Jane Hirshfield: I’m afraid an adequate list would run closer to fifty, to five hundred. I’ve learned craft from reading the English-language tradition (a phrase I use in the broadest possible sense, not only what was meant by that word in the 10th grade English classes of my youth, though those poets, too, are indispensable), but also in translation. Polish poets, Spanish and Portuguese poets, Greek poets, Japanese and Chinese poets, Russian poets, Indian poets, Scandinavian. Much of my craft knowledge comes from studying Latin for five years when I was young—I learned to scan meters, I learned the awareness of rhetoric, both in the larger sense and in terms of shapely and memorable turns of phrase. I acquired an abiding love for the poems of Horace.

I don’t think I can argue for readers of this conversation to all start studying Latin and Greek, or Sanskrit, or the Malay languages, or Arabic. I do think that translating teaches you to read poems closely, for their craft and for the grain of their heart-wood. Translation forces you to grapple with the particulars and nuances of meaning and it awakens you to the subtleties of grammar, which are in truth the possibilities of existence. Think about what the future perfect tense really means—the sheer chutzpah and optimism of it: “By next month, she will have married.” Such a verb tense tempts fate… yet we cannot abstain from its promise.

Mary Mackey: What can creative writing teachers do to nourish and encourage inspiration in their students? Can inspiration be taught or is it an innate talent?

Jane Hirshfield: There’s a line I love by the Polish poet Adam Zagajewski: “Rivers from rivers, paintings from paintings, poems from poems.” Surely the first inspiration must be lullabies, nursery rhymes, skipping rope songs. Later, someone—parent, teacher, or friend—offers a doorway into other poems already written.  It matters that imagination be welcomed rather than discouraged, that experimentation be honored even when it doesn’t quite succeed. The desire of a young person to express herself, to be seen for who he is, is such a fragile ember. Innate talent surely matters, but it can be fanned by one wind, put out by another. The teacher’s job is to know how to foster and not to throttle. To demonstrate the love of art and what it brings, and to craft invitations that lead to a full attendance. And finally, the teacher’s job is surely to make themselves dispensable, so the student can go on to become her or his own authority, to write what that person alone can write.

I taught for five years in the California Poets in the Schools program, and saw the effects of that way of teaching—expose young people to good poems, give them the chance to participate from the inside by writing their own, and lives change. I wish every student in the country could have such an experience of words made their own lives’ shapeable clay.

Mary Mackey: All your poems without exception are beautifully crafted. I know from personal experience that learning the craft of poetry is a long, complex process. Could you please briefly take us through one poem from The Beauty, and speak a little of its journey from inspiration to final draft? Here is the one I have in mind:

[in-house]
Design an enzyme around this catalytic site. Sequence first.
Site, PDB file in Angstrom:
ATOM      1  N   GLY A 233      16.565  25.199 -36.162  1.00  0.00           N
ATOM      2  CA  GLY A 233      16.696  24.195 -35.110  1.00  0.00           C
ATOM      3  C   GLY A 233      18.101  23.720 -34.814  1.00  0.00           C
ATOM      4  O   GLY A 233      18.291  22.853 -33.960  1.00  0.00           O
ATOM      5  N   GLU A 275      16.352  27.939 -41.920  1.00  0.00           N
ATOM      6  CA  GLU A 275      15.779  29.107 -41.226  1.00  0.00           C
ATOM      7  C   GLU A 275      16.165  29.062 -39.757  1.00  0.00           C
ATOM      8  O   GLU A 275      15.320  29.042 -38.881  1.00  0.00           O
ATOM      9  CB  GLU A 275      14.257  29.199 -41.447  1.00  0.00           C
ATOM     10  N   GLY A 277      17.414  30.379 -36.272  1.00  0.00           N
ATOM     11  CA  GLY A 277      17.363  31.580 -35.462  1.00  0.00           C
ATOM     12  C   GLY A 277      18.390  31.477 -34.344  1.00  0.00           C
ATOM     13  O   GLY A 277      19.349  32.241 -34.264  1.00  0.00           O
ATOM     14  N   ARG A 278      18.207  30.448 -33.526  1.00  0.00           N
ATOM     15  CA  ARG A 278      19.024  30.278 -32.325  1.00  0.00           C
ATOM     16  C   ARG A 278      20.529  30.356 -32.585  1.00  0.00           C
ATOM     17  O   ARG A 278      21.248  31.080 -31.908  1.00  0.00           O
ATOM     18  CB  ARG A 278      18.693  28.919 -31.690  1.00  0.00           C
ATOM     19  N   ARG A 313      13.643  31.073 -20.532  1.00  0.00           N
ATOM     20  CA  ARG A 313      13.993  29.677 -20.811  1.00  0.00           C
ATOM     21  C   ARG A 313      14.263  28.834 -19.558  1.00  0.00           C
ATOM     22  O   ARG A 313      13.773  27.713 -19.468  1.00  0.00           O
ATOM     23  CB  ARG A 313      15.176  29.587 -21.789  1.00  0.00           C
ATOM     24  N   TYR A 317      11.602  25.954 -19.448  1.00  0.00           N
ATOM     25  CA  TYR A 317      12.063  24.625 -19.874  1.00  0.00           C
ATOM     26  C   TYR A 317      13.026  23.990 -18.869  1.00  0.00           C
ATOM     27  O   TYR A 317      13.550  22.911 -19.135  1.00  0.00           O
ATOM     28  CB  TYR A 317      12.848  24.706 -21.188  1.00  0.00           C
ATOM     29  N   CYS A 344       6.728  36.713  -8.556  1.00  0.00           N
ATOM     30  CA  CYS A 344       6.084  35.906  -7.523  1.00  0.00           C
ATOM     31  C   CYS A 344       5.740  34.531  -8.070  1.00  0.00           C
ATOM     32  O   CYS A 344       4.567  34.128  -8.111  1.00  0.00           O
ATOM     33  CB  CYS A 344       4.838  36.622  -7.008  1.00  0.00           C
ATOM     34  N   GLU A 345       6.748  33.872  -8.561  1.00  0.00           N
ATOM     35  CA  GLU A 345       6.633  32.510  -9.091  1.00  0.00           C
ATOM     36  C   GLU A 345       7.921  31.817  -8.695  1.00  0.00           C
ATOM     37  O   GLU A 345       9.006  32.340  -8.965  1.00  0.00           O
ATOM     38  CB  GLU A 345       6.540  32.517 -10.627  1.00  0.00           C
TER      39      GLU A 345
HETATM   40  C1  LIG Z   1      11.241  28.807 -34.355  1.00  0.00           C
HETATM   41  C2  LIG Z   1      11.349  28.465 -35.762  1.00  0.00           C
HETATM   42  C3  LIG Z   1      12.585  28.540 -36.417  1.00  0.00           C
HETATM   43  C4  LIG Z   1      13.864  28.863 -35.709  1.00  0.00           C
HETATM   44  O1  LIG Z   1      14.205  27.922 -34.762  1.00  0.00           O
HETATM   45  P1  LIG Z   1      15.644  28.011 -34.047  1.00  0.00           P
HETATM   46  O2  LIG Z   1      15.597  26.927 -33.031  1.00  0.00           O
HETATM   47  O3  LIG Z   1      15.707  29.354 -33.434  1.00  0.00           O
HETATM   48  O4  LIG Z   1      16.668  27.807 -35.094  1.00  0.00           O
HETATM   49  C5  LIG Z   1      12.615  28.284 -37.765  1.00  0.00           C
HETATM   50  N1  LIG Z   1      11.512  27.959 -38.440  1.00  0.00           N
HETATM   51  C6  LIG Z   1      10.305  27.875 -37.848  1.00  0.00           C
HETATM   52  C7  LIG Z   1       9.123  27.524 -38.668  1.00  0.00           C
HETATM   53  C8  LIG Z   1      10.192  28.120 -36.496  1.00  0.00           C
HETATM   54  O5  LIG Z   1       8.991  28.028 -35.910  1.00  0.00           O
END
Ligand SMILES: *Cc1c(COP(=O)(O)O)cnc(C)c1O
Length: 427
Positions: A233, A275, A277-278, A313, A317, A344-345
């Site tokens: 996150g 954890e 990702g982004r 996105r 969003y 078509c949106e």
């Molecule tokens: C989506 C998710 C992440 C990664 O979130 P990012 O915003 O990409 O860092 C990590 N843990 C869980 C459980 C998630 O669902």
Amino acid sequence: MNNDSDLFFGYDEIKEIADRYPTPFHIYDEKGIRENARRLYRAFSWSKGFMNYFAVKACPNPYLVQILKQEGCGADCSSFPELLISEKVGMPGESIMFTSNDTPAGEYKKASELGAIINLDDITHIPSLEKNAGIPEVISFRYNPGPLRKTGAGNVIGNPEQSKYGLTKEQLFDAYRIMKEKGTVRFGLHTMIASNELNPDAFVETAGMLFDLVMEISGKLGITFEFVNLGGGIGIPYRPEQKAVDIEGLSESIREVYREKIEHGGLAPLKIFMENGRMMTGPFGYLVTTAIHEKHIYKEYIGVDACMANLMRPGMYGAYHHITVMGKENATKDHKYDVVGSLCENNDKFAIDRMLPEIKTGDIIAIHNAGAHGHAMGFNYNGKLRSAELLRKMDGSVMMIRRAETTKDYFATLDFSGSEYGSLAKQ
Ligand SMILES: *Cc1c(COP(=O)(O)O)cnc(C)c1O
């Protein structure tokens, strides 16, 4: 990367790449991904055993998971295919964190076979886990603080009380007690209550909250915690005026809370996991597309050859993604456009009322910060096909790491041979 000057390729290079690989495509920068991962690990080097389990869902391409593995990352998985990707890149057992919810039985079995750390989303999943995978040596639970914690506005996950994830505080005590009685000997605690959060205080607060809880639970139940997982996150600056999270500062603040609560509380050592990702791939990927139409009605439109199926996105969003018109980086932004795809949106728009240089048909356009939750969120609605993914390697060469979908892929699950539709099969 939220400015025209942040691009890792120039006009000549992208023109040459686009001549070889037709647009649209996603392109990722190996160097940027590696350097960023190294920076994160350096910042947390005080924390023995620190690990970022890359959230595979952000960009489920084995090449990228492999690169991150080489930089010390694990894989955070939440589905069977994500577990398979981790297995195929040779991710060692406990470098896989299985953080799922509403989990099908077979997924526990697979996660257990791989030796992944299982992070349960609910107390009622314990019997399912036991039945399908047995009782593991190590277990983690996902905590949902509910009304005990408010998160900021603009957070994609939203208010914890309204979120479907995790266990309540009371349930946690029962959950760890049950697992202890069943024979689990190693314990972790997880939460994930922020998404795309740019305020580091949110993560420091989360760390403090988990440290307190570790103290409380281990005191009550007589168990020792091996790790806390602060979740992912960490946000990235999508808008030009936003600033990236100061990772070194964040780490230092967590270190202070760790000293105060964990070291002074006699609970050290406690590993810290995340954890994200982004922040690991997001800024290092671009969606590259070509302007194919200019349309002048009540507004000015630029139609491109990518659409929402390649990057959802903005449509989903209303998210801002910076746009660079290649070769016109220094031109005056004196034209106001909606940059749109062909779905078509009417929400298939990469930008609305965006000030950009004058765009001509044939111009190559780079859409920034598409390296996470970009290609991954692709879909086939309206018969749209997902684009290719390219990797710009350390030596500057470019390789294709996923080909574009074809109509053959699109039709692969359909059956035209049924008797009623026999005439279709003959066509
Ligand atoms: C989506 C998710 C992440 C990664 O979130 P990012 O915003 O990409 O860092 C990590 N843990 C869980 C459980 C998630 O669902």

A Cottony Fate

Long ago, someone
told me: avoid or.

It troubles the mind
as a held-out piece of meat disturbs a dog.

Now I too am sixty.  
There was no other life.

                  Jane Hirshfield  
              (from The Beauty, NY: Knopf, 2015; all rights reserved)

How did the idea for “A Cottony Fate” first come to you? As an idea? An image? A phrase? A rhythm?

Jane Hirshfield: Well, the immediate beginning, I took out of the poem, except that it lingers on in the somewhat mysterious title. The poem began with some lines about an Italian kitchen towel— but when I went to revise it, I found that the most alive part was what you see here. The towel, as towels do, did its good work and was then set aside.

The poem’s real beginning, though, came forty years ago. An early writing teacher suggested I should be wary of using the word “or” in poems. (I do sometimes still  include that word, but I always think about it.)  It was only as I was writing this poem that the advice returned to me as perhaps good advice for a life. I’ve reached the age when certain choices cannot be made again. The verb tense switch in the last line reflects that.

Mary Mackey: Did you write the first draft of “A Cottony Fate” in a single sitting or in pieces over a long period of time?

Jane Hirshfield:  The first drafts of my poems almost always come to me in a single sitting. There have been exceptions to this, but they are rare. I do, though, revise poems, sometimes over a long time. Time is an invaluable editor: it allows the objective words on the page to assume their fully independent life, which you then can see more clearly. There’s one poem in The Beauty that needed more time, it seems. I’ve realized I want to revise it. I’m pondering asking my publisher if I can switch two words, in two adjacent lines, for the paperback.